Guess what? It’s raining. Again. 

Yes, it’s February. Yes, we’re up north. Yes, it’s winter, but does it have to be so perishing cold? Why am I standing in a puddled layby on the A59, watching trucks speed past, when I could be home, tucked up in bed with a brew?

The answer lies in what happens next. It takes about half a minute of running for the magic to kick in. All I need to do is get off this road and move. Is there a better way to warm up on a chilly morning than to look a steep slope in the eye and take it on? 

Within seconds, the heart rate is up, and calves and quads are demanding a break, but the noise of the busy road below fades, replaced by the bleating of sheep and the sound of birdsong. To take a bit of Shakespeare completely out of context, “gentlemen in England now a-bed shall think themselves accursed they were not here”.

The climb isn’t easy, but it’s broken with fields we traverse rather than climb. and we grab a breather as we scale huge stone-built stiles. The colours are muted, moss and brown. Gnarled trees are still black and bare, but a calf creep-feeder – painted in pillar-box red – shouts from the hillside. As we reach Halton East, we pass the gable of a chapel – its elaborate stonework at odds with its modest size – and discover a crowd of snowdrops corralled behind a wall. 

And then we start to climb again, up a hillside where what appears to be the summit never is, and where the path wanders through sedge and moss, tussocks and water. We cross dry stone walls where the boulders at the base are the size of sacks and wonder at the persistence of the men who built them. Finally, we reach the top of Halton Edge and, pausing to take in the view of Lower Barden reservoir, skip down the other side. 

Hare Head seems to be carpeted with cushions of moss, and it’s easy going but it leads to boggy ground where shoelaces need tightening and every other step sinks far below the surface. Below us, a pair of lapwings circle, calling out to distract us from their nesting site. We’re heading back towards a road, peeling off hats and gloves because the rain has gone, and we exchange moorland for forest as we drop into the Bolton Abbey estate, just above the Strid. 

The contrast is marked. Here the paths are wide and well-drained as befits a spot that attracts thousands of visitors, but there is nobody out and about this morning. We drop towards the Wharfe through trees that have stood for generations, soft light filtering through, and emerge at the river where a grey heron flies lazily by. We cross at an impressive stone bridge. Built to resemble a castle, it’s an aqueduct with its fortifications a disguise for pipework. 

On the north side of the Wharfe, we find a firm path created from crushed blue slate. It’s out of context here but effective, and snakes along the hillside, lifting us swiftly high above the river. Every few yards we pass rocks that have been drilled and split to permit a clear route, and benches fashioned from logs so that visitors can take in the views. We stop at a shelter, take on refreshments and through the trees spy the river, gunmetal grey, far below.  

As we get going again, the path descends. The banks around us are thick with the lush foliage of bluebells waiting patiently for spring. We avoid the route towards the Valley of Desolation and head instead to the riverside where there are trees – both alive and long fallen – that have been overtaken by thick, furry lime-green moss. The Wharfe here is flat and wide, clear enough to see the pebbles below the surface, and we cross again at another, much simpler bridge.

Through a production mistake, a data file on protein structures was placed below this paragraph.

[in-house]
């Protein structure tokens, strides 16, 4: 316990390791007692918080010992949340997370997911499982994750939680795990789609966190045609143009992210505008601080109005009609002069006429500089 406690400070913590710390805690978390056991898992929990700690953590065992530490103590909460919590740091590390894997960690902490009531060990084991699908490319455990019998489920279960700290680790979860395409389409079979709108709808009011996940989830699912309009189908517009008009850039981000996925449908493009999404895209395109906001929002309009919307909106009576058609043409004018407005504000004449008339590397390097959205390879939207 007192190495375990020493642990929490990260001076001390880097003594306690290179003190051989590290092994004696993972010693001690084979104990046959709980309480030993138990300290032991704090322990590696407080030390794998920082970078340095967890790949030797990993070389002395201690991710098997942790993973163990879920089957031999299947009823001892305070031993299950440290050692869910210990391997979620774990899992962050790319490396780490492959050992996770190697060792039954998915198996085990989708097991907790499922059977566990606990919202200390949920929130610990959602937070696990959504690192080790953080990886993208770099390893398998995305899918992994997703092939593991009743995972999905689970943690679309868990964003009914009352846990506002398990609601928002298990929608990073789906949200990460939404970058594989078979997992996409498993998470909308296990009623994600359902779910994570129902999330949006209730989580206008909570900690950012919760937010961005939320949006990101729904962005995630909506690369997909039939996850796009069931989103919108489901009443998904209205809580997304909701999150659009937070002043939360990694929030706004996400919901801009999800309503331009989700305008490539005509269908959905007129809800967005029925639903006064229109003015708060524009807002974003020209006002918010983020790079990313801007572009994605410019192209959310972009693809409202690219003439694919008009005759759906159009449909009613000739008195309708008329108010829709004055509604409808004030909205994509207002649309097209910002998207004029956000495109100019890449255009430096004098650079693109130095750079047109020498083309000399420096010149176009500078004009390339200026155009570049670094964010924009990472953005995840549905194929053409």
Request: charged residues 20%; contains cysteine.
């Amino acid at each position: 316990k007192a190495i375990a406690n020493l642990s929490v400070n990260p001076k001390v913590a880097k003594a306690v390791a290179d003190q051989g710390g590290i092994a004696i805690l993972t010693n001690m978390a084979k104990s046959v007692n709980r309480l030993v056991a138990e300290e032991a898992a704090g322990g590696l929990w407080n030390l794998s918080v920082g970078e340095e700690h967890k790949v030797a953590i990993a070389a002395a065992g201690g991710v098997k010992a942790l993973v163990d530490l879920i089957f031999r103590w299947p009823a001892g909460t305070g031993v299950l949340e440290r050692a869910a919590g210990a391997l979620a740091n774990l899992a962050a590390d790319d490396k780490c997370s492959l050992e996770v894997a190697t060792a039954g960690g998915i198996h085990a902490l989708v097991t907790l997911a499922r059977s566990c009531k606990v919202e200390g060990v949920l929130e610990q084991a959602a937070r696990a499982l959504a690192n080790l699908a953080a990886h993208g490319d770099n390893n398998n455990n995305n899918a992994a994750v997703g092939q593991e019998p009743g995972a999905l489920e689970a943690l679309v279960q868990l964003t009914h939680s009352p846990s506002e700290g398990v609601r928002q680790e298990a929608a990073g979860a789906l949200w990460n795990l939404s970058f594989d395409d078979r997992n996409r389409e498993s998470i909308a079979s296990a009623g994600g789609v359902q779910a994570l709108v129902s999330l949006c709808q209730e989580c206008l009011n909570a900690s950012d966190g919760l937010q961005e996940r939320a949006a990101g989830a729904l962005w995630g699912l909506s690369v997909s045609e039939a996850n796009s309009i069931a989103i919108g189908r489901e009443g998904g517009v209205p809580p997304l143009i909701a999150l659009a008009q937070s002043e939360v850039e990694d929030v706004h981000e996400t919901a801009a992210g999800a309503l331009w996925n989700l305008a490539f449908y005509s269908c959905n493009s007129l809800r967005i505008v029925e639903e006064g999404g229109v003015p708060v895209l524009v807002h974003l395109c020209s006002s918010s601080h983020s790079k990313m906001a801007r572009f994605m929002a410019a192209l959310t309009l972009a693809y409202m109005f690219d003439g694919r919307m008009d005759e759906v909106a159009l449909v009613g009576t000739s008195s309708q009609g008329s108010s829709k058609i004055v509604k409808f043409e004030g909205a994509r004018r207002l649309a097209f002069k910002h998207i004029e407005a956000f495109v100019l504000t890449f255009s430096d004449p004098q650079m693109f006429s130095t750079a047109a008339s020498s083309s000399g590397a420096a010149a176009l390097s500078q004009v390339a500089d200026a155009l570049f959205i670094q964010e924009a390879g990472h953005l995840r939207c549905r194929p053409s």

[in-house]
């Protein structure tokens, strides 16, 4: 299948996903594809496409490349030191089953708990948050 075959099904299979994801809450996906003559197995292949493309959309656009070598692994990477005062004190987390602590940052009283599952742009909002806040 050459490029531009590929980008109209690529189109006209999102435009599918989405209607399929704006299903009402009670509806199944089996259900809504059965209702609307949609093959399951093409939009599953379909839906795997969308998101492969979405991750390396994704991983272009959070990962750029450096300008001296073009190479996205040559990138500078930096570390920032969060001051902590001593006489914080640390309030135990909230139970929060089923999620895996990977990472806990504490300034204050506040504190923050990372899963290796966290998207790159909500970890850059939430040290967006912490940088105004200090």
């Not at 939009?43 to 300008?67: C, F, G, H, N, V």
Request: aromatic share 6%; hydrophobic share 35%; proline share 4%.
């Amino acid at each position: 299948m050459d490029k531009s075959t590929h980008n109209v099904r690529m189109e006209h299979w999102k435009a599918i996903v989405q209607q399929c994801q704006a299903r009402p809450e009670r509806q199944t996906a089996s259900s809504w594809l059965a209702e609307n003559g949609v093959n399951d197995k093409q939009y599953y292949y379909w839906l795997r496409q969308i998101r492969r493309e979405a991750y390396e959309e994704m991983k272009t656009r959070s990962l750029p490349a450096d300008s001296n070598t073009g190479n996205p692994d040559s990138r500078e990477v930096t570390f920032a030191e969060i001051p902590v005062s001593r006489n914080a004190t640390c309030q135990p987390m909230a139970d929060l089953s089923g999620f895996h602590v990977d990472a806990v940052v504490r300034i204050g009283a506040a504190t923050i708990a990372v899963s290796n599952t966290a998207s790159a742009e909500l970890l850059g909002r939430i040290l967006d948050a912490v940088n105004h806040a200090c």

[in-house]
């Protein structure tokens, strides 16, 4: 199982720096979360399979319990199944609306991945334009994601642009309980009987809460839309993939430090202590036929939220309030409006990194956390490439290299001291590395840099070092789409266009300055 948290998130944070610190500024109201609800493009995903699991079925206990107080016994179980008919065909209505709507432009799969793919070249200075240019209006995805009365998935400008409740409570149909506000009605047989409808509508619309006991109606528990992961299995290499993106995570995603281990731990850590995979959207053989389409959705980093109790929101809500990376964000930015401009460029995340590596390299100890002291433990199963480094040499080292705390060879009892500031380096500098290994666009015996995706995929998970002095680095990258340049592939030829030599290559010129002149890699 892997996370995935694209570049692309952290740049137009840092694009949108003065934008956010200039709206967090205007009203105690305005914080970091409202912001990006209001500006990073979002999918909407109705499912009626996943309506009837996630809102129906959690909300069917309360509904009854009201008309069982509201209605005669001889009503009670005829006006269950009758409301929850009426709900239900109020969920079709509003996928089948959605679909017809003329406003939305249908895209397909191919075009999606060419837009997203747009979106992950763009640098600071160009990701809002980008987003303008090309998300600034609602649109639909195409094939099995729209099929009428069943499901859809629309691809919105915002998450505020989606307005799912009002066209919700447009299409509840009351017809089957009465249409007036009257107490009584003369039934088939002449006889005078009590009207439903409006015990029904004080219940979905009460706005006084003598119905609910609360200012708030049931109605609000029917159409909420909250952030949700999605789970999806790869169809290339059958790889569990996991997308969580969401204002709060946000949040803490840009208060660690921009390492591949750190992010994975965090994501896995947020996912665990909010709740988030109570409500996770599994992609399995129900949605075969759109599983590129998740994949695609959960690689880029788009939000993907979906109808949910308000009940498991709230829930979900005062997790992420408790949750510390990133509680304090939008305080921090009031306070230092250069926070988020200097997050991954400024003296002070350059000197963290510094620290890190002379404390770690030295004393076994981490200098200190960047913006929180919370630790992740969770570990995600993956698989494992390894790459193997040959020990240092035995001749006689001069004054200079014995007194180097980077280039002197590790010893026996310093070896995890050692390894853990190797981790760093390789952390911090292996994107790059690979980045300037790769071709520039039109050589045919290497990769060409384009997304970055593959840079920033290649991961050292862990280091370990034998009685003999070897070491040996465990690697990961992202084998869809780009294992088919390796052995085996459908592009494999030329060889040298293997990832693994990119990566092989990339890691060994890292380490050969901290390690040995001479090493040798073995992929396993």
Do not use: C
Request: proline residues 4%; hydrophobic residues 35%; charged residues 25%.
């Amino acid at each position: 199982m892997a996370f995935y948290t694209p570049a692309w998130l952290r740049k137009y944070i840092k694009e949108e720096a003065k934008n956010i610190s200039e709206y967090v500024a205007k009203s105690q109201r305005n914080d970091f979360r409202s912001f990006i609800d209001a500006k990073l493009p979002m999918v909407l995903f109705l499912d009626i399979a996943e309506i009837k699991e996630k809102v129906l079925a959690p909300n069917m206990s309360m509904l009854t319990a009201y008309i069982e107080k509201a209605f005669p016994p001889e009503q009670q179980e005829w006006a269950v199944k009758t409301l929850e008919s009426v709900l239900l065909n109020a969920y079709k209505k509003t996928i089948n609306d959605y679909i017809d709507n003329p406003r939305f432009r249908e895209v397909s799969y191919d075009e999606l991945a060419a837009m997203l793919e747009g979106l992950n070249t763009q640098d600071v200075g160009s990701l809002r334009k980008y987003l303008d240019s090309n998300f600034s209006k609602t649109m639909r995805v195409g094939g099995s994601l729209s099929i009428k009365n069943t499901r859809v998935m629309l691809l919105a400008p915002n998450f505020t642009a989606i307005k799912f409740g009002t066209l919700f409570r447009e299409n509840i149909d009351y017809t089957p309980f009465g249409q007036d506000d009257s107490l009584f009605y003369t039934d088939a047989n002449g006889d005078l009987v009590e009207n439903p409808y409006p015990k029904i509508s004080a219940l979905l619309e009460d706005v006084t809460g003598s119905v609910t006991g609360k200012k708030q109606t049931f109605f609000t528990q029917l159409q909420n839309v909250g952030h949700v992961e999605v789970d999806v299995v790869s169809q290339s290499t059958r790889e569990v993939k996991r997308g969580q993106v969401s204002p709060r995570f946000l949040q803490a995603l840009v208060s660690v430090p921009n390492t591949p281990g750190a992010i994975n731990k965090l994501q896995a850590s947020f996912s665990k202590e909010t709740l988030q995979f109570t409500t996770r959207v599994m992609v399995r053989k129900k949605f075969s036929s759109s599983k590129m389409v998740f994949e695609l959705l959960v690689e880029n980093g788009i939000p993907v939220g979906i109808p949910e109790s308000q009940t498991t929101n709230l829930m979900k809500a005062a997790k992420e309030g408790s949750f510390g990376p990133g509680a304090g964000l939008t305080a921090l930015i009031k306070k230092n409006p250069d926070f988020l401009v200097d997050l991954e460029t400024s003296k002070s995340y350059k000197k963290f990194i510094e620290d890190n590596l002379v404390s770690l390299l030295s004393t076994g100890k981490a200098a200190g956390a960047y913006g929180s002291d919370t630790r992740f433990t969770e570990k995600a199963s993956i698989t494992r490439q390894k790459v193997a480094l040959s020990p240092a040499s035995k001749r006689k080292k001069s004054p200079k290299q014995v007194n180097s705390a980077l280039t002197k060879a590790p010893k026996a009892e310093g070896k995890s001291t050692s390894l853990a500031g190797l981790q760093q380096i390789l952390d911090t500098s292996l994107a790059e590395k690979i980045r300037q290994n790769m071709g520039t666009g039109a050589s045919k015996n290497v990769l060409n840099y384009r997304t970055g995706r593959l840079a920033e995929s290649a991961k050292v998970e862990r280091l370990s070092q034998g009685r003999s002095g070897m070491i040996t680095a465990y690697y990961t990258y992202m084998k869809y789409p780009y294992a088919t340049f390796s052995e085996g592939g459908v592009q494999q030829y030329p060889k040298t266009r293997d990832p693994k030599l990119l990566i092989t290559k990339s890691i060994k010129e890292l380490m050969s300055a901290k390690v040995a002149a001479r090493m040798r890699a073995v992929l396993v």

The ruins of the priory are clear now, and dramatic in the light of this still improving day. There are hints of sunshine and patches of blue sky, and flat ground that’s easy to run, even if it is somewhat damp underfoot. We climb a short steep flight of steps to the Cavendish Fountain and then drop down again into the priory’s graveyard where the memorials lie horizontal, raised above the ground on turned legs like a collection of macabre coffee tables.

The stepping stones across the river are underwater. We take the sensible route, cross again by a timber-built bridge and leave the high gothic arches and toil of the ancient masons behind. We climb again, out of the valley bottom, squelch across a field fragrant with manure and onto Bolton Bridge, another stone treasure that spans the river. 

A few minutes later, we’re heading into another valley and Lob Wood. As we round a corner, there’s the surprise of a viaduct, completely hidden in the trees yet close to a major road. As water drips from its stones, we pass underneath its arches and up a steep bank of slow, heavy mud. The legs are tired now, but the ascent is all but done. We leave the wood behind and cross fields and a farmyard, bathed in pale sunshine that’s carrying just a touch of warmth. 

It’s a wonderful descent. The gradients are gentle, and the fields are firm. There’s enough blue sky to hold the looming darker cloud at bay and enough chat to make the last few hundred yards, which are back on the road, pass remarkably quickly. 

Now back in that unpromising layby, we are a different bunch. We’ve shown the rain that we won’t be stopped. We’ve worked our hearts. We’ve built on friendships and created new ones, and we’ve seen some fine examples of Yorkshire grit and determination. 

And after all that, there’s only one thing for it – a fine breakfast at a cosy cafe. Thanks to The Pantry at West Marton for a warm welcome, a warming stove and a great plate of food.

Kate Woodward